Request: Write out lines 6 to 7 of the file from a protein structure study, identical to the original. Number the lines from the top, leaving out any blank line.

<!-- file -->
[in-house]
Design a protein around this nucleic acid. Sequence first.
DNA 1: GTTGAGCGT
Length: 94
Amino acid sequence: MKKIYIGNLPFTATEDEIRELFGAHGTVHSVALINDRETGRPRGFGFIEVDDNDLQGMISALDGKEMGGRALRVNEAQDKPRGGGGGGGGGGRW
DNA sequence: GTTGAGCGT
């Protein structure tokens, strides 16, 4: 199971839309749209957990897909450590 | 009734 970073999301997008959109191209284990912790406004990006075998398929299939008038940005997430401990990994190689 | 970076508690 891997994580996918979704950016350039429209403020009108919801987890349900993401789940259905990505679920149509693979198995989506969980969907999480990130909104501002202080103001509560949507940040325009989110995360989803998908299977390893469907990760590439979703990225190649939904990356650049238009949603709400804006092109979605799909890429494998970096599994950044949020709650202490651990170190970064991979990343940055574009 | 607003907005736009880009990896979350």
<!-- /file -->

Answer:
DNA sequence: GTTGAGCGT
């Protein structure tokens, strides 16, 4: 199971839309749209957990897909450590 | 009734 970073999301997008959109191209284990912790406004990006075998398929299939008038940005997430401990990994190689 | 970076508690 891997994580996918979704950016350039429209403020009108919801987890349900993401789940259905990505679920149509693979198995989506969980969907999480990130909104501002202080103001509560949507940040325009989110995360989803998908299977390893469907990760590439979703990225190649939904990356650049238009949603709400804006092109979605799909890429494998970096599994950044949020709650202490651990170190970064991979990343940055574009 | 607003907005736009880009990896979350």